Because of my legal work on behalf of groups persecuted by the Chinese government, I have been tortured three times since September 21, 2007. I have been subject to long periods of secret detention or formal imprisonment. At present, I can move freely within the bounds of a village in northern China, but I’m still in prison—it’s just that my cell has become larger. In negotiating with the Communist party, I have always been willing to compromise on technicalities, but on principle I have been immovable. As long as my physical shell can support my spirit, I will stand against the forces of evil.
The torture I suffered gave me a wonderful gift: faith in God. I was not born a believer. While handling the legal defense of Pastor Cai Zhuohua, who was charged with “illegal business practices” in 2004 for possessing Bibles, I first read Scripture. At the time, it left me cold. My attitude changed when the Beijing authorities began to persecute me. In time, I came to know God and join the brotherhood of Christians. Since then, God has given me great strength through difficult times. He has also given me visions, the first coming after I was abducted in August 2006.
All day on April 28, 2009, my right eye kept twitching. I knew another round of torture would begin soon. I was propelled into a building and down a long staircase, then shoved onto the ground. I heard several people approach before someone said, “Pull the hood off!” A hand snatched the hood off my head, and I saw three pairs of feet in front of me. It was the same group that had tortured me before. The leader was holding an electric cattle prod about two feet long; his other hand lifted a cigarette to his lips. He stepped on my shoulder as his electric cattle prod emitted a buzzing sound. He stuck the prod under my chin. I shut my eyes tight and heard another strange sound, which undoubtedly came from me. That sound rang through the corridor along with the buzzing, but there was no way to control it. I felt my muscles separate from my bones.
“The Communist party isn’t like before,” one of my captors said during one of my countless interrogations.
We’re willing to give you conditions that even those who have rendered extraordinary service to the party wouldn’t dream of. It’s always a question of interests, and ultimately of money. Even in the global sphere, the Communist party doesn’t have anything it can’t handle. How about America? Haven’t we taken care of them, too? When Hillary came this time, what did she want? As soon as we meet they want human rights and discuss your problem, but they also want a billion. With a flick of the hand we give her $800 billion, and once that woman has the money in her hand, there’s no more mention of human rights or Gao Zhisheng!
At this point, my captor became so agitated that he slapped his thigh, leaped to his feet, and began pacing. “Give up, Gao—what good is that human rights bullshit? We know what the Americans want, and they know what we want, and you don’t even enter into it. Even if America really cared about China’s human rights, so what? If we stomp on you, what can they do about it?”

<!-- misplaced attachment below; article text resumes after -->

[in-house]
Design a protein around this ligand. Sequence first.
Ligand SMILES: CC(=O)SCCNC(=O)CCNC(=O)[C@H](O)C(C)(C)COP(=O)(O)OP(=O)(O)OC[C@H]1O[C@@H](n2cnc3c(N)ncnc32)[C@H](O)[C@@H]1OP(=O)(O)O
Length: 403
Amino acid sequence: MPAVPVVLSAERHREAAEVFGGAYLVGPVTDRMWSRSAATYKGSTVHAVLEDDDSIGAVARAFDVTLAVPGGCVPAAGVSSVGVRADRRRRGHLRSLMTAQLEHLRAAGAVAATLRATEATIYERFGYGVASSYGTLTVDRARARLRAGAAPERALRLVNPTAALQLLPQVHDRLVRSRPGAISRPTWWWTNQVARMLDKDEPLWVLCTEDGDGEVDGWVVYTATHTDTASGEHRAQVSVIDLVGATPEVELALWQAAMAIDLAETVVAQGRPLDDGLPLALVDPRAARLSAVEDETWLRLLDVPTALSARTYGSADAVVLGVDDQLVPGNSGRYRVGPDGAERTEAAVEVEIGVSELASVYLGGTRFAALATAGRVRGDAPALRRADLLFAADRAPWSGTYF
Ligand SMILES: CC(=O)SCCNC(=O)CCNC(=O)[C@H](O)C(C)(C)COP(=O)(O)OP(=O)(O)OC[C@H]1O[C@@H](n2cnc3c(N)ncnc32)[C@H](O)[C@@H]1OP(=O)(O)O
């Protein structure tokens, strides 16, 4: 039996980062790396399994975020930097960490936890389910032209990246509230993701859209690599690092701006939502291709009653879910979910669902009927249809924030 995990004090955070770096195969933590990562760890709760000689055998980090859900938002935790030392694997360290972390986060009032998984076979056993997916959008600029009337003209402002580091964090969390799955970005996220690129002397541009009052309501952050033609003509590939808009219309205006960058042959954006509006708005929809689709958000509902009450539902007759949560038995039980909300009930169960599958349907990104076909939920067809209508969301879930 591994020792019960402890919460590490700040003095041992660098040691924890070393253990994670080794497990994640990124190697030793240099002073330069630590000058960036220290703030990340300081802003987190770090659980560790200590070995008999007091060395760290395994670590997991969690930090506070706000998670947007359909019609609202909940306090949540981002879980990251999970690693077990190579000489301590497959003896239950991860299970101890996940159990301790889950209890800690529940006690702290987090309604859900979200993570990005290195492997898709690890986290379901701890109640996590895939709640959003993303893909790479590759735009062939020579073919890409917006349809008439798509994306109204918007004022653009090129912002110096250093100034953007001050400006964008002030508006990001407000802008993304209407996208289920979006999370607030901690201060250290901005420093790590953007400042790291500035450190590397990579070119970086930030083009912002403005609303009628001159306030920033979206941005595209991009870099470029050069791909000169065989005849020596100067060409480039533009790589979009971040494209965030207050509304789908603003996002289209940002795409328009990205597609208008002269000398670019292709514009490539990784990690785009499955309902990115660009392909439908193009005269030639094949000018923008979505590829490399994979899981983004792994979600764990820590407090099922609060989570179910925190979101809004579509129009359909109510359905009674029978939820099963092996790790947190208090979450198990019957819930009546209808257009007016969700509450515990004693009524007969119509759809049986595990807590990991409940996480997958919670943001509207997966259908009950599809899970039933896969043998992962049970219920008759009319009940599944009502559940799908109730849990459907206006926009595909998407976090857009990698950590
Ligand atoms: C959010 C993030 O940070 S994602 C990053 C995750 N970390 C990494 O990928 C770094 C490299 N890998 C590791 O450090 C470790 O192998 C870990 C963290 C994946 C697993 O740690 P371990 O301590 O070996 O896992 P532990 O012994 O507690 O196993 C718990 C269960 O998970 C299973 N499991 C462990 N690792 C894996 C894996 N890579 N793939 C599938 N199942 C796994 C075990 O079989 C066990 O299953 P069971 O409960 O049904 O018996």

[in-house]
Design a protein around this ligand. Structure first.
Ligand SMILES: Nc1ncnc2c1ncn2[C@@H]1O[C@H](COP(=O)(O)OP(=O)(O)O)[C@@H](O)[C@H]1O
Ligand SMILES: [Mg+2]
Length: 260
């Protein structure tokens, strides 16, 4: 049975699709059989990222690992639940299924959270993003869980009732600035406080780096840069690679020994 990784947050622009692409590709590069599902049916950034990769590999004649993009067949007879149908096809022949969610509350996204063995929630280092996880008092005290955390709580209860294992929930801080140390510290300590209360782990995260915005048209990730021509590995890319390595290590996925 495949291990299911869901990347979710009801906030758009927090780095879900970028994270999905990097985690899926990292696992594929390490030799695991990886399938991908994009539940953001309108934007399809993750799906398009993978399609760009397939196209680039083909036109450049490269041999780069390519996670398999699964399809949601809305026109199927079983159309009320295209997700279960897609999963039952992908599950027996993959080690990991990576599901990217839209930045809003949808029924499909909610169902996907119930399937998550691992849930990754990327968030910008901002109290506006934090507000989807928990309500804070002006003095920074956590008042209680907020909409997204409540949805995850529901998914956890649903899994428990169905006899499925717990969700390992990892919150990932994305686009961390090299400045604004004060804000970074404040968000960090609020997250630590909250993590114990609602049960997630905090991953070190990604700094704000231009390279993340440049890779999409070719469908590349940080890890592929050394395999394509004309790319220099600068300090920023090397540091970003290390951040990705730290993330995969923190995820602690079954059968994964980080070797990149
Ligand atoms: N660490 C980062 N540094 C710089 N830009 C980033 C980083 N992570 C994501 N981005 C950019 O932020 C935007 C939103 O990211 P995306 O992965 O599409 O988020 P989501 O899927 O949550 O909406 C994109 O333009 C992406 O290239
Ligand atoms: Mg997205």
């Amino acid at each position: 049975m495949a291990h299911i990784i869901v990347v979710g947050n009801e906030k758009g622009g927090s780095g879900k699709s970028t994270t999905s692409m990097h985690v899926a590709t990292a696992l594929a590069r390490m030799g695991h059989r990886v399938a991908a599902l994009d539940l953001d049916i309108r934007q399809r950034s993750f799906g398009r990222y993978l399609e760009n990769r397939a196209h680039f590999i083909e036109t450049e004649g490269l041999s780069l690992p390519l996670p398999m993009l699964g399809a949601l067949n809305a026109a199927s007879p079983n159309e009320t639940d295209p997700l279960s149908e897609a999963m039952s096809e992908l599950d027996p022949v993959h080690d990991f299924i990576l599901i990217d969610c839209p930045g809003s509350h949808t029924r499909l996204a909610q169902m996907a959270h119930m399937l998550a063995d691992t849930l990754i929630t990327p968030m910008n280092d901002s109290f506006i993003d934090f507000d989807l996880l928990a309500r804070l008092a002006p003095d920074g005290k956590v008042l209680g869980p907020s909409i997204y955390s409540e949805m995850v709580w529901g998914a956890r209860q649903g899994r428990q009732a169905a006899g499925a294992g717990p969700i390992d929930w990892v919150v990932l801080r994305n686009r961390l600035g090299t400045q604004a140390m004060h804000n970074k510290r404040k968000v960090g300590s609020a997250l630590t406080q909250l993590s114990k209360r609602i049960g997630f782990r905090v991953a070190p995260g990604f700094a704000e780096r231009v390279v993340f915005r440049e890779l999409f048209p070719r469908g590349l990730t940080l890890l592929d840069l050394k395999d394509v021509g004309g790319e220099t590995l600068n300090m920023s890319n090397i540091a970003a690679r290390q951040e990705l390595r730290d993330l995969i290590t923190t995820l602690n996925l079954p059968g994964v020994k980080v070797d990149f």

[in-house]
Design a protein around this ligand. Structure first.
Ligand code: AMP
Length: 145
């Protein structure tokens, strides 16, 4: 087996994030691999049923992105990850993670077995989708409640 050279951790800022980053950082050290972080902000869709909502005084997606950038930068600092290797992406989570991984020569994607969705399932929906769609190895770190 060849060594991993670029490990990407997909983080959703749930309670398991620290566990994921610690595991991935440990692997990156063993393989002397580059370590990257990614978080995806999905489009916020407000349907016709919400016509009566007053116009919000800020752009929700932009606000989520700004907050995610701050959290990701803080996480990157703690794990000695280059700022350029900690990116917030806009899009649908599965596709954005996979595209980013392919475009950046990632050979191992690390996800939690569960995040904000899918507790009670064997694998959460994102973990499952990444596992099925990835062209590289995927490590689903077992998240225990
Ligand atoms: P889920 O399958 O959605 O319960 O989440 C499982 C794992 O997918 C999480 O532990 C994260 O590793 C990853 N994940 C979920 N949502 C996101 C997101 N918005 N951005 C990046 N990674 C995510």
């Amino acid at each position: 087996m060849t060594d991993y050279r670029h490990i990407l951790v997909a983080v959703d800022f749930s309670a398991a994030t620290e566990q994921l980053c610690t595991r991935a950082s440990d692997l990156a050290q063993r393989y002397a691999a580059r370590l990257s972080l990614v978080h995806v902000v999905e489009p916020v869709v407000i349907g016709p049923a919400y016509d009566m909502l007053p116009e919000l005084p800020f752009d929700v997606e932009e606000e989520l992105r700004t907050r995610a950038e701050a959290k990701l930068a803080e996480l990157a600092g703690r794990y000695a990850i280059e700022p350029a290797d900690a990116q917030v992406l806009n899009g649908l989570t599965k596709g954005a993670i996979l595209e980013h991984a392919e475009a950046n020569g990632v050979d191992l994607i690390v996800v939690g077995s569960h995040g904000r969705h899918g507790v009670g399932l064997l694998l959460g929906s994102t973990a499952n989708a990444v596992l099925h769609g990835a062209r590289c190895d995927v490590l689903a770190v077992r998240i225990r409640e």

My torture displayed definite Chinese characteristics. Consciously or not, everybody was splashing around in a dark, bitter swamp from which no one could escape, not even the forces of evil themselves. One day, two of them came to see me, and without even sitting down, they began to ask me questions.
“Lao Gao, how are you?”
“You have all the answers,” I said, “so there’s no need to ask.”
“Why don’t you tell us your thoughts on the government?” they asked.
“I don’t feel there is a government,” I replied. “There are only the developers and managers of hell. Acknowledging and respecting laws and regulations are the most basic features of all governments. The law is the guarantee and foundation for a state to exercise control, and it’s the law that distinguishes a government from a gang.”
My first experience of going to the bathroom with my head covered, feet shackled, and hands cuffed occurred on December 16, 2011, during my transfer by rail from secret to official confinement. It was hopeless. Two guards crowded into the train bathroom to monitor me and direct my actions. After I was guided to the “right position,” one of my hands was uncuffed and the handcuff was immediately locked onto another man’s wrist. When I squatted down, each of my knees pushed against their legs. I could also sense that the bathroom’s door was open; there was probably a video camera outside as well as other policemen standing guard.
“Forward a bit . . . bit more . . . okay, okay, let ’er rip.”
I’m sure that no esteemed personage urinates with as much pomp and ceremony as I did. Apart from the final biological act, which remained mine, all other arrangements were handled by my guards in peaked caps.
One of the headings on the official list of breaches of prison discipline is “Illegal Religions.” In fact, prison is where it becomes obvious that the party does not oppose “illegal religions,” but all religion. Prohibited religious acts include “carrying out, or covertly carrying out, the namaz” (the namaz is an Islamic prayer), “inciting others to carry out the namaz,” “praying or covertly praying,” “inciting others to pray,” “washing in the Muslim fashion,” and “touching the face in the Muslim fashion before or after meals.” Each of these prohibitions is aimed not at “illegal religion,” but at religion itself.